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How best to combat the smuggling of migrants

27 Nov 2015

Few topics have dominated news and public debate in Australia and around the world as the smuggling of migrants and the plight of refugees to reach safer shores.  UNHCR, the United Nations High Commissioner for Refugees, estimates that in 2015, more than 60 million people are forcibly displaced and that every day more than 40,000 are added.

Since 1999, UQ law professor Andreas Schloenhardt has been at the forefront of global efforts to prevent and combat the smuggling of migrants.  Working closely with international organisations such as the United Nations Office on Drugs and Crime (UNODC) and the Council of Europe, Andreas has helped shape the worldwide response to this phenomenon.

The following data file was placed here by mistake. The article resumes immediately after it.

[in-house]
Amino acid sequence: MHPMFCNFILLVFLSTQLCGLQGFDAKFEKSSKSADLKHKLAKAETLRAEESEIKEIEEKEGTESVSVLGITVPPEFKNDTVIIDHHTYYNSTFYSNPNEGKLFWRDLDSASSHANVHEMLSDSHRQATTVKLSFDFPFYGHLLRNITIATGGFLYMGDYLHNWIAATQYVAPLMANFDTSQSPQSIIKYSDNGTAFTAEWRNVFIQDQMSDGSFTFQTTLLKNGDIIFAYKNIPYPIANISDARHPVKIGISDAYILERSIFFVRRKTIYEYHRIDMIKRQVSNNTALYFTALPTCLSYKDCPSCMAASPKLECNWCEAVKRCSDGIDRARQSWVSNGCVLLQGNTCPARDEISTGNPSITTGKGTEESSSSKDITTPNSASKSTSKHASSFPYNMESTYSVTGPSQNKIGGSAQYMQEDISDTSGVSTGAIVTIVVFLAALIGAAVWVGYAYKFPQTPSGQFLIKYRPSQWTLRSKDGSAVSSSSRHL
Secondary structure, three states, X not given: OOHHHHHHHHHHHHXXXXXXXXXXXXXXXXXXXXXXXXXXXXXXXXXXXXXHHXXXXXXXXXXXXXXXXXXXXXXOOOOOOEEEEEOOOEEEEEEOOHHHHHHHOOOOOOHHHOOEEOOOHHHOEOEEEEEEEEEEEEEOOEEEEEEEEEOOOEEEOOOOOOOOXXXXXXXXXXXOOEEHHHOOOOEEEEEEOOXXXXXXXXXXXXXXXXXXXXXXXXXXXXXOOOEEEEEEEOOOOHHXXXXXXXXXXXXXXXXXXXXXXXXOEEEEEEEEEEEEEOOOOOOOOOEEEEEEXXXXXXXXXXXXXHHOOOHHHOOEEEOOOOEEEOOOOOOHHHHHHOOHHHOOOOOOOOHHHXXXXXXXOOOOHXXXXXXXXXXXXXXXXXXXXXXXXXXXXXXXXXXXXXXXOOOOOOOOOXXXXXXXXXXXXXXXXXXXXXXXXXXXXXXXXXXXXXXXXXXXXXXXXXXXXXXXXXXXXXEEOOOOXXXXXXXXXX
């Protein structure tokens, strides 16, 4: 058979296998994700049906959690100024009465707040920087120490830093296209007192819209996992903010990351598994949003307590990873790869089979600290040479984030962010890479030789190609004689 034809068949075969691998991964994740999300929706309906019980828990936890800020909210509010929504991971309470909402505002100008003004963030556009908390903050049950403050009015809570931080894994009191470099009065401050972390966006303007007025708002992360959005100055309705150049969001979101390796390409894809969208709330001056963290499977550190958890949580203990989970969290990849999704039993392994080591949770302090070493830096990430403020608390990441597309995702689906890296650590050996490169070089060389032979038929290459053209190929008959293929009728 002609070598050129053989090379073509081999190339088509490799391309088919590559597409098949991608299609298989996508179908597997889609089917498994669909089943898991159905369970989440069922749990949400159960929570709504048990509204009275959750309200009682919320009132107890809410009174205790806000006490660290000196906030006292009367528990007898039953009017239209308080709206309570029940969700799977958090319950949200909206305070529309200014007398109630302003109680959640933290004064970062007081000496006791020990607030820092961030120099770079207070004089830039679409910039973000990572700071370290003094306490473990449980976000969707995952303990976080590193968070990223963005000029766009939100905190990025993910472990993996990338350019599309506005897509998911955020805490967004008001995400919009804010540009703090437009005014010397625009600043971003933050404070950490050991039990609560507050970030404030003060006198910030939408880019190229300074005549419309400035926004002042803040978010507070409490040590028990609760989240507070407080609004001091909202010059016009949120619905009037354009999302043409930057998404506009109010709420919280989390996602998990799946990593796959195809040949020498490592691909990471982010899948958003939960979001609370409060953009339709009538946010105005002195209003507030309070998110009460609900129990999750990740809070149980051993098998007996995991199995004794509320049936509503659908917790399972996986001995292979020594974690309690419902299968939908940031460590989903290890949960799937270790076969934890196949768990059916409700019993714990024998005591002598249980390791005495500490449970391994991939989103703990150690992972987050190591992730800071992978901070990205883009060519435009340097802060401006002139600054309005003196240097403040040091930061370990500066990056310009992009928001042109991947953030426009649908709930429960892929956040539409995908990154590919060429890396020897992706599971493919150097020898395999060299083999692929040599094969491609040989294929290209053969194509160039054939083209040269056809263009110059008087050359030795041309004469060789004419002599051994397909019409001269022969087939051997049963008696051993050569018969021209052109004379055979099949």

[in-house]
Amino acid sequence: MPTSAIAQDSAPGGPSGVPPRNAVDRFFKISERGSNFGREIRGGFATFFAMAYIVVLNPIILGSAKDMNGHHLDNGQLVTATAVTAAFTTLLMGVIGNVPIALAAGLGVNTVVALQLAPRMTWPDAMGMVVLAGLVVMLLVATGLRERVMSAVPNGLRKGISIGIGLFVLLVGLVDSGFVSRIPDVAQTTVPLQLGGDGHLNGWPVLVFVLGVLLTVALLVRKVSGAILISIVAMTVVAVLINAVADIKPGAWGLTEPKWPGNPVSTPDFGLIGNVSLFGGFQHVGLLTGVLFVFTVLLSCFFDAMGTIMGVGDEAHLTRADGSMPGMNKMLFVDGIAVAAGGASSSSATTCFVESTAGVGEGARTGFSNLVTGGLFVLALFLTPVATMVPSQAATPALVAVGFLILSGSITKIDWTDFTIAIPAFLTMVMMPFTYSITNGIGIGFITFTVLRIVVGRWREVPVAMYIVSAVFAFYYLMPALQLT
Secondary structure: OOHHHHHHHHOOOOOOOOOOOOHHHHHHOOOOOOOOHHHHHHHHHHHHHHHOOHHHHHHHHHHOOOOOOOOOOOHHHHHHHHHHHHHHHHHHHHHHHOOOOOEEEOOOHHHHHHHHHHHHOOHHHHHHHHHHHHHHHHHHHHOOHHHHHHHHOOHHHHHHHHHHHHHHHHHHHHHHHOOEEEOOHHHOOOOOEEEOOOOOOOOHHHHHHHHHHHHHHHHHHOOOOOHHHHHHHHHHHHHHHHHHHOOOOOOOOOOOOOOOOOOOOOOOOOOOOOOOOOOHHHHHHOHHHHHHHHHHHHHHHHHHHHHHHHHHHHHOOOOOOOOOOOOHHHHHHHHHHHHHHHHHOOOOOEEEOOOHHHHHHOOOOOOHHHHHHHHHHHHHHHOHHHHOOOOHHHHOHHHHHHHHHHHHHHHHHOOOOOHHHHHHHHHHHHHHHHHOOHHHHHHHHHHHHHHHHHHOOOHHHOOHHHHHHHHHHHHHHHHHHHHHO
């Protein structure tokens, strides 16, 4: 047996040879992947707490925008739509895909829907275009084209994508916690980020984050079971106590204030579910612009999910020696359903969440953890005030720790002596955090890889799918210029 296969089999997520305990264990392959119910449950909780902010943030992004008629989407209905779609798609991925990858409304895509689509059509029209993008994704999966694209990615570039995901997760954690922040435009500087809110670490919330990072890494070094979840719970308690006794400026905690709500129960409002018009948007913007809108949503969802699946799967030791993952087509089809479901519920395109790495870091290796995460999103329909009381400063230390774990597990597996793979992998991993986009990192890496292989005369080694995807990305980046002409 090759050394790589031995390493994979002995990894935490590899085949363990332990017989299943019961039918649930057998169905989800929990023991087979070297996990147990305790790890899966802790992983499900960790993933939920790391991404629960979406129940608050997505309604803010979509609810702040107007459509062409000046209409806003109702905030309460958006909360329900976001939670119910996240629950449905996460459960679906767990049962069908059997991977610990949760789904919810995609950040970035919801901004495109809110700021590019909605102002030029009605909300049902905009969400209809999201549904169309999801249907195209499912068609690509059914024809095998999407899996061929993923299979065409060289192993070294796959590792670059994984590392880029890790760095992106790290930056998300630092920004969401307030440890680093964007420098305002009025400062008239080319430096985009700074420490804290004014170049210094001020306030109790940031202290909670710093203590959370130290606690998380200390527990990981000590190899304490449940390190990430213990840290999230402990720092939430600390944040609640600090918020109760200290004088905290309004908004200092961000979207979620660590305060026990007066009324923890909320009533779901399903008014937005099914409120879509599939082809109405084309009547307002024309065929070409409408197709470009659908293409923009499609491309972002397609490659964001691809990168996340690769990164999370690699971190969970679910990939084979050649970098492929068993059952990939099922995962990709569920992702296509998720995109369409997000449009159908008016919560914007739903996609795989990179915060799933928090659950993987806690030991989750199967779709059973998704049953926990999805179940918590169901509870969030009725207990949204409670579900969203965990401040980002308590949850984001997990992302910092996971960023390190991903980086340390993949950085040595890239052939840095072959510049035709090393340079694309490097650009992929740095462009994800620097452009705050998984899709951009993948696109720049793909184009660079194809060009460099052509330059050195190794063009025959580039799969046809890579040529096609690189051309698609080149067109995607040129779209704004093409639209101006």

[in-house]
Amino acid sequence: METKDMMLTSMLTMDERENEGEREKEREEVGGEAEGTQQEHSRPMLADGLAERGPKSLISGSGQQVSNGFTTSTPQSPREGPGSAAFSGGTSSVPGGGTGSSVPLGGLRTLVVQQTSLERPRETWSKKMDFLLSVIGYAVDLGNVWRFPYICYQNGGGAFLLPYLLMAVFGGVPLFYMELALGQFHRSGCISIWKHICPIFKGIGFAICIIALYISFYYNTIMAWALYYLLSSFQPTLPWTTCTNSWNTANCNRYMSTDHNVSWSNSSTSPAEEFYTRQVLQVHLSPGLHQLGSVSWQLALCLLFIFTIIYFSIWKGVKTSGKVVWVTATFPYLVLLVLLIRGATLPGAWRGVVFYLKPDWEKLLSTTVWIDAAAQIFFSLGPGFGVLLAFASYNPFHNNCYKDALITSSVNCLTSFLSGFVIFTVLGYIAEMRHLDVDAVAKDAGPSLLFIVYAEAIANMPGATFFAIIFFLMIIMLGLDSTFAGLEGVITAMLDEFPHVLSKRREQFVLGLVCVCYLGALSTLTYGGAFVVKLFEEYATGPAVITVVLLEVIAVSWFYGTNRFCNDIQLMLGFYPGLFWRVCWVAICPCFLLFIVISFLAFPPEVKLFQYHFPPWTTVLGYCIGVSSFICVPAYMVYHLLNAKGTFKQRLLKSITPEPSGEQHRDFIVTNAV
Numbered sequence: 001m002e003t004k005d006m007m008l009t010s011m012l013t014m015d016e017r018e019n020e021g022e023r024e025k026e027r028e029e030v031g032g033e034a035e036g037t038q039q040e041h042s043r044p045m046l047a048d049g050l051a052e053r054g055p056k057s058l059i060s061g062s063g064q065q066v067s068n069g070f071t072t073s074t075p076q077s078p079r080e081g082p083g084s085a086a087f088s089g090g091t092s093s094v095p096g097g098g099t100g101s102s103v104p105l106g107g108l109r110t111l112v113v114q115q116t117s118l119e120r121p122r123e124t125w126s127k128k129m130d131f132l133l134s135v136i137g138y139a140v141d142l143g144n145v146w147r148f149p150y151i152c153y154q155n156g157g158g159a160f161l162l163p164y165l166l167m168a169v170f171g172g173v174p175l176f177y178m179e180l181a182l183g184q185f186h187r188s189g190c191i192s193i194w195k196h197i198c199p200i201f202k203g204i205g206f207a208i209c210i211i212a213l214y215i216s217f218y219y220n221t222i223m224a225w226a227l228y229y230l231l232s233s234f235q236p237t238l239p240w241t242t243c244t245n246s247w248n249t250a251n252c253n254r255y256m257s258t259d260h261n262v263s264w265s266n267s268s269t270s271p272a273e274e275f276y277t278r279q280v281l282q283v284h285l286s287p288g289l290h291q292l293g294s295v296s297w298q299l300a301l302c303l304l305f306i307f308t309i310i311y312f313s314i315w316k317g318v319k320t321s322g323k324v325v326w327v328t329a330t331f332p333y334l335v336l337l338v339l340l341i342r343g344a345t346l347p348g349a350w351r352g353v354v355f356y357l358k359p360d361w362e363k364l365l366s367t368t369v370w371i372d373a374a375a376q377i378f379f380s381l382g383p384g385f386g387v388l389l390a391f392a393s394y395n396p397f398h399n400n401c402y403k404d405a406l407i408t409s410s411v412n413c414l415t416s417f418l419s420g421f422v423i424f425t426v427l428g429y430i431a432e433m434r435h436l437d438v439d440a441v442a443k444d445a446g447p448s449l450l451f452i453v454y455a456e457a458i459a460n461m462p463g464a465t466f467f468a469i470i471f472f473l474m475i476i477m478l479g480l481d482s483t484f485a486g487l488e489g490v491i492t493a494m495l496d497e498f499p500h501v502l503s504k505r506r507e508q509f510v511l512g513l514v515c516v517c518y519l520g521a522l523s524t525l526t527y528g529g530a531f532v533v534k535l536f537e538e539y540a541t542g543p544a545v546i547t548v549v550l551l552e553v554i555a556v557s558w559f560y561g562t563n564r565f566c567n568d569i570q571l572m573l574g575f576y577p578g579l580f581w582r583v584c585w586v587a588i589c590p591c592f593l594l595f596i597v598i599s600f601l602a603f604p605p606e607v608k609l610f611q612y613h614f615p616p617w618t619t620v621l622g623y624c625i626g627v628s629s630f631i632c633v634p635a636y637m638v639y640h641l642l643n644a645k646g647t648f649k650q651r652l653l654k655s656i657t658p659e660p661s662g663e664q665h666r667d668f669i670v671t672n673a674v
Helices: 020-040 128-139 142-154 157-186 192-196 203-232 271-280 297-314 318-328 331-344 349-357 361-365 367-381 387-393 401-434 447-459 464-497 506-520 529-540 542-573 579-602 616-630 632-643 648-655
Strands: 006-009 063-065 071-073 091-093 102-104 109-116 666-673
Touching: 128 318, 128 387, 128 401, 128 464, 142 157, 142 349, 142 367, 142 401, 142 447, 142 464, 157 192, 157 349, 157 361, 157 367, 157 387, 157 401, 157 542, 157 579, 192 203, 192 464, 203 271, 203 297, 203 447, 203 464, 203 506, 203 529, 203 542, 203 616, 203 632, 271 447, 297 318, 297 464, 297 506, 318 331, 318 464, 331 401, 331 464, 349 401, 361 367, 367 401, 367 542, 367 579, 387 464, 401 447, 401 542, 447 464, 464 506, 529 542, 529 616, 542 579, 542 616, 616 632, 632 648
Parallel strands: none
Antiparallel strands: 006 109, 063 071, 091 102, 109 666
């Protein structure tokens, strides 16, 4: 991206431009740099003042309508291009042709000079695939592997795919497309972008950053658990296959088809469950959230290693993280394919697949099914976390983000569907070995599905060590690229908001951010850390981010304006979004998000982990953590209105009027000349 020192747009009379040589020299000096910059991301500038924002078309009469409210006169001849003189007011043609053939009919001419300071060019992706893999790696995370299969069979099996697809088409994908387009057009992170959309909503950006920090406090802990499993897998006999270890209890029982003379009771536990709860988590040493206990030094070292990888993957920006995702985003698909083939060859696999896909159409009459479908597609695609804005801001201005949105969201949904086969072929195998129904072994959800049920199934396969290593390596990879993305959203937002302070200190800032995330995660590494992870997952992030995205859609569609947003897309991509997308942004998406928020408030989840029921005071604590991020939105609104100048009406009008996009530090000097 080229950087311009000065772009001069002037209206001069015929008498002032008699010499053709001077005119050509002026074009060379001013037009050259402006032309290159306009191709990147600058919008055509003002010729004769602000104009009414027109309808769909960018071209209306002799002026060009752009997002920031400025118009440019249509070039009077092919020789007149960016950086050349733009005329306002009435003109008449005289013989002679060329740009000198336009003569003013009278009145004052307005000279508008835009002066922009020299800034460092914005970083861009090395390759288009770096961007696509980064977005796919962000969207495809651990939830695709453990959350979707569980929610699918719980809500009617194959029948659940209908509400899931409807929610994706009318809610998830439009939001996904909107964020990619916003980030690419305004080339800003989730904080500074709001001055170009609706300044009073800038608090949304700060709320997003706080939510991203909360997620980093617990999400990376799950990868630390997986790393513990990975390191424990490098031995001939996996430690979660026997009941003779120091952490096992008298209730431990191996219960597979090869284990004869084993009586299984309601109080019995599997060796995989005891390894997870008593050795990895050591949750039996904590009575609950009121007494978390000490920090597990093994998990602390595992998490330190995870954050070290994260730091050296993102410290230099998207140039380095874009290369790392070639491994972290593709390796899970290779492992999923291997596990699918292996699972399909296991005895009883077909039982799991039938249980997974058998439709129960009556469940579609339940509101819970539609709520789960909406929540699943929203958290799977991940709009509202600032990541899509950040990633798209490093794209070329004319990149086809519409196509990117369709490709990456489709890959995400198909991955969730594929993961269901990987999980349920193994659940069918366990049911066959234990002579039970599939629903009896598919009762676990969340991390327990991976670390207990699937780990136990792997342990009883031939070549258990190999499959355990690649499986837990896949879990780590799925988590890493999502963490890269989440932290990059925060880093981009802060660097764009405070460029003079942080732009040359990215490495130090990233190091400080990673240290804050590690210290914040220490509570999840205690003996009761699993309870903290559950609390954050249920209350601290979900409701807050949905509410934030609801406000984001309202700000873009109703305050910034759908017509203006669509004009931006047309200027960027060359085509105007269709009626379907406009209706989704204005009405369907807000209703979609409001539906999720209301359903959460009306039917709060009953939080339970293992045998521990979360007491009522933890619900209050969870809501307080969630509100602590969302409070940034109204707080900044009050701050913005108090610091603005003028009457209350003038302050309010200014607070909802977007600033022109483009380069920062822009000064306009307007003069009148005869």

“Restrictions placed on the free movements of migrants are playing into the hands of migrant smugglers” says Professor Schloenhardt.

“Taking advantage of those willing or forced to migrate, migrant smugglers create illegal ways of migration by using clandestine methods to transport people, supplying false documents, or harbouring illegal migrants.”

During their journeys smuggled migrants are often vulnerable to life-threatening risks and exploitation. Thousands of people have suffocated in containers, perished in deserts, or drowned at sea.”

In 2008, Andreas set up the Migrant Smuggling and Human Trafficking Working Groups to document and analyses these topics and work towards durable solutions for asylum seekers and labour migrants.

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